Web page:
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Fine example of Antonio de Herrera y Tordesillas' map of America, the Pacific Ocean and the eastern part of Asia, from his Descripcion de las Indias Occidentalis, published in Madrid in 1622.

Herrera's map is the earliest printed Spanish map to depict with any real size and accuracy the complete continents of North and South America. It is also the earliest Spanish map to depict Korea, Japan, the Philippines, and the Pacific Ocean, a region which the Spanish regarded as their Mare Closum (Closed Sea). The Spanish policy of secrecy precluded the dissemination of geographical knowledge, a policy strictly and apparently effectively enforced, as prior to Herrera's work, no Spanish printer made any attempt to provide meaningful detail to these regions. The map was followed shortly thereafter by Hernando de Solis' World map and map of America published in 1603 (although the America map was apparentl begun as early as 1598).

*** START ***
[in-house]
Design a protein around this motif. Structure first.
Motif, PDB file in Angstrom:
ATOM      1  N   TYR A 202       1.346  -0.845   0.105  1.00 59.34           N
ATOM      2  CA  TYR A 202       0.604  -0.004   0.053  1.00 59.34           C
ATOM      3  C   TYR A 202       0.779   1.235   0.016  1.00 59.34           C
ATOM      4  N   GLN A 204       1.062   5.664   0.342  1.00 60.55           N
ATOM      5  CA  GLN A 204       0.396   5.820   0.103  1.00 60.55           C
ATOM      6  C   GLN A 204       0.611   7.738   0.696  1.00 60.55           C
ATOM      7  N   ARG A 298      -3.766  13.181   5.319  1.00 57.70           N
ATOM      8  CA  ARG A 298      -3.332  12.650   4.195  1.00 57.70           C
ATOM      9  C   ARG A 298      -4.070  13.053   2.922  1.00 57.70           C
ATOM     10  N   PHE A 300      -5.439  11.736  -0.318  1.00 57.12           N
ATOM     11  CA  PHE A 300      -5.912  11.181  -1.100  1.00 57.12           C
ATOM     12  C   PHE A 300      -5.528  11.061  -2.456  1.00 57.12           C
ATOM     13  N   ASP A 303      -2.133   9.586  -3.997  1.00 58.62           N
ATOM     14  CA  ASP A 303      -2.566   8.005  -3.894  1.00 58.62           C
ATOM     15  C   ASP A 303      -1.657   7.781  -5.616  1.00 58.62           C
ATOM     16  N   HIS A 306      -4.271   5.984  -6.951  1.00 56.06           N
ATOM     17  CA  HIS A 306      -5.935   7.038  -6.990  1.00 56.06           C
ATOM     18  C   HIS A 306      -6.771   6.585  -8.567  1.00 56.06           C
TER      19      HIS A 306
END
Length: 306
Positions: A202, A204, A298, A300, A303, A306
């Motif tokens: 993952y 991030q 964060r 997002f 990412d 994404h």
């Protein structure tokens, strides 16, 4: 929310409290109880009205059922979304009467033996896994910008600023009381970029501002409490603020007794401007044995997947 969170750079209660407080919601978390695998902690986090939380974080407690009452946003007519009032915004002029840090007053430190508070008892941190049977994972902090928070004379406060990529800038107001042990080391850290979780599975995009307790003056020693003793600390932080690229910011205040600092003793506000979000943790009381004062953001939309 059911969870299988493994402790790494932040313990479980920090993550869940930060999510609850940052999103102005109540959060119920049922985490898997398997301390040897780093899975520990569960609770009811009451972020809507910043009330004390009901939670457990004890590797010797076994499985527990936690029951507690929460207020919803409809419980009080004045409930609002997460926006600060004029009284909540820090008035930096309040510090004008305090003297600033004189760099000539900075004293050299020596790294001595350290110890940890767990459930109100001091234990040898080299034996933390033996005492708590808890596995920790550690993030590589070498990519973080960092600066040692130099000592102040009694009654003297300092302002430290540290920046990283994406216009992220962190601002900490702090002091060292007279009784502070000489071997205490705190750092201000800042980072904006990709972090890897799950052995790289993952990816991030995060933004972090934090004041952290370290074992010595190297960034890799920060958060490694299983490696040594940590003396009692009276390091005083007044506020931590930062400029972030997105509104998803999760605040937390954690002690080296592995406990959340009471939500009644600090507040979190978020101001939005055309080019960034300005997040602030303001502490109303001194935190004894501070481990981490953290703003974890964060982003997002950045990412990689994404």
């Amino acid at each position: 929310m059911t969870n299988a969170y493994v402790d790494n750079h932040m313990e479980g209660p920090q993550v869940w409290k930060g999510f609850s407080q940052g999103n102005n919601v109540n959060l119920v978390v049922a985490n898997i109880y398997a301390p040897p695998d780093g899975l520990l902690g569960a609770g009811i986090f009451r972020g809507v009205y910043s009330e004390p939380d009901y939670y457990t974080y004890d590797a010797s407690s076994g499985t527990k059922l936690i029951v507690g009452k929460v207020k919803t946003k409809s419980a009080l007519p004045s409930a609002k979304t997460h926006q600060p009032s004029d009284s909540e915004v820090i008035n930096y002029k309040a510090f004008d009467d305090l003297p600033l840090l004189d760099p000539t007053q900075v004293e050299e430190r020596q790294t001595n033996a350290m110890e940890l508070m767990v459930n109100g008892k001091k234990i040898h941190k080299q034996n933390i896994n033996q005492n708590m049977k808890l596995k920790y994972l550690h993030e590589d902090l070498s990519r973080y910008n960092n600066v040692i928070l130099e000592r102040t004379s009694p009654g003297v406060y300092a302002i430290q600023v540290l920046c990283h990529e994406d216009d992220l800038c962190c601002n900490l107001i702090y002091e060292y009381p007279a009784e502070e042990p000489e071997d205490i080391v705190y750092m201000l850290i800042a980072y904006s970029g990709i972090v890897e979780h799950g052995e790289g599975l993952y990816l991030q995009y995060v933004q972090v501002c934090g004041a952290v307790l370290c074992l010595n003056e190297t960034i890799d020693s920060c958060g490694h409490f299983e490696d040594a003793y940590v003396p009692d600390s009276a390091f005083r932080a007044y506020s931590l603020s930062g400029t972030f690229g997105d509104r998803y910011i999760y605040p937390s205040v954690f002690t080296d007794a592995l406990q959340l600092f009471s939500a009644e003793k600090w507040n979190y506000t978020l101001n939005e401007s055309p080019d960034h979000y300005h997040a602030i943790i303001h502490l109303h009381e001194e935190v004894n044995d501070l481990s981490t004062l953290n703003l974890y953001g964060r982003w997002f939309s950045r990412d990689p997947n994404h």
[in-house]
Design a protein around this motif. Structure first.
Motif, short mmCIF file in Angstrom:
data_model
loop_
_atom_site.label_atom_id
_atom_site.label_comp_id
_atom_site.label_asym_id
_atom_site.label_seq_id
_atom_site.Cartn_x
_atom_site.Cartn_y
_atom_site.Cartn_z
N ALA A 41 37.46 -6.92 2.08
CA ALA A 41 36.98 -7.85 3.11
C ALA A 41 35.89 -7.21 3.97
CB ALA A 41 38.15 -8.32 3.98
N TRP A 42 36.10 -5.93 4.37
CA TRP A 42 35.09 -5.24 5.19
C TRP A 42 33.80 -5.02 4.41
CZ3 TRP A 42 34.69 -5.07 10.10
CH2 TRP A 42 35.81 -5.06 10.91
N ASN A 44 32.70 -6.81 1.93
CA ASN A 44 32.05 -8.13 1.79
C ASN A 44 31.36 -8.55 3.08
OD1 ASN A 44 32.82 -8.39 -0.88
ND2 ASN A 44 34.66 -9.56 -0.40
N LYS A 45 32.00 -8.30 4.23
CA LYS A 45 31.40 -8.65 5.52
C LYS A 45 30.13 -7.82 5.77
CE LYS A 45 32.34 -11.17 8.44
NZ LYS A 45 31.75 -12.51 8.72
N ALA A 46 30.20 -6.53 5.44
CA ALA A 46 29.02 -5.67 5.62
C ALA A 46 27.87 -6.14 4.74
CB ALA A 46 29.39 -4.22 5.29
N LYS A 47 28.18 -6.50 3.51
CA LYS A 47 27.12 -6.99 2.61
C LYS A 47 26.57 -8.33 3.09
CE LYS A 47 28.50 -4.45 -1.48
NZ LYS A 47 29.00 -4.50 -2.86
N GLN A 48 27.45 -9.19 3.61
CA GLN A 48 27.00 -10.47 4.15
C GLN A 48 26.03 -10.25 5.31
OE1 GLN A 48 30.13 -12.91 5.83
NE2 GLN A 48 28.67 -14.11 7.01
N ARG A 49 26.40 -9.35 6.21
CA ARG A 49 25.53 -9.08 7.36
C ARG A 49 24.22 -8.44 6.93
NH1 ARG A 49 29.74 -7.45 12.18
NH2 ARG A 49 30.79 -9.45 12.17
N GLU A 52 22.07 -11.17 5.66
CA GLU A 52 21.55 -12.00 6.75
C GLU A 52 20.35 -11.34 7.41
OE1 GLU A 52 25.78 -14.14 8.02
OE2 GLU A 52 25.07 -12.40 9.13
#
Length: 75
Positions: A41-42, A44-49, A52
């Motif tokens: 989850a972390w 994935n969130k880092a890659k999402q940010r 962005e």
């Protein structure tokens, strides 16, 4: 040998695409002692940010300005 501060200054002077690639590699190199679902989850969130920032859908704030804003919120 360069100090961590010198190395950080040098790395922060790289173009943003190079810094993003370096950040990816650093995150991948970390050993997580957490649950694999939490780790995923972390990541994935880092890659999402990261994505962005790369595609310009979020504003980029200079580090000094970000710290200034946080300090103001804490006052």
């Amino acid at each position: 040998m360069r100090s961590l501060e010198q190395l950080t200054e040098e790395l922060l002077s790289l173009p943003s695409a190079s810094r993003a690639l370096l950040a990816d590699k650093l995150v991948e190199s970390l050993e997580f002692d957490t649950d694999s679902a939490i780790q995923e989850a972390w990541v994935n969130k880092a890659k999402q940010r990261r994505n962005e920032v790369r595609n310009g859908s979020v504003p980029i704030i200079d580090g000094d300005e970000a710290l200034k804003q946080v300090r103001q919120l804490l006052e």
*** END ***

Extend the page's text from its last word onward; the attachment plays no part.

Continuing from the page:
Herrera y Tordesilla's general map is drawn from the manuscript map of Juan Lopez de Velasco (ca 1575), of which there are 4 known surviving examples, including one at the John Carter Brown Library, which this printed version most closely follows. The map illustrates the Line of Demarcation between the Spanish and Portuguese colonial claims (running through Brazil in America and through China and the Malay Peninsula in Asia), although the East Indies are shifted some 40 degrees to the East, placing them (not surprisingly) under Spanish control. California is named, as are the Isle of Cedro and C. de Fortun, with Florida named in the East. Burden notes that the general map provides greater detail in Florida, curiously so.

The first edition of Herrera's work is of the utmost rarity and the plates were never again used. The maps were copied in Amsterdam in 1622.

Burden 140.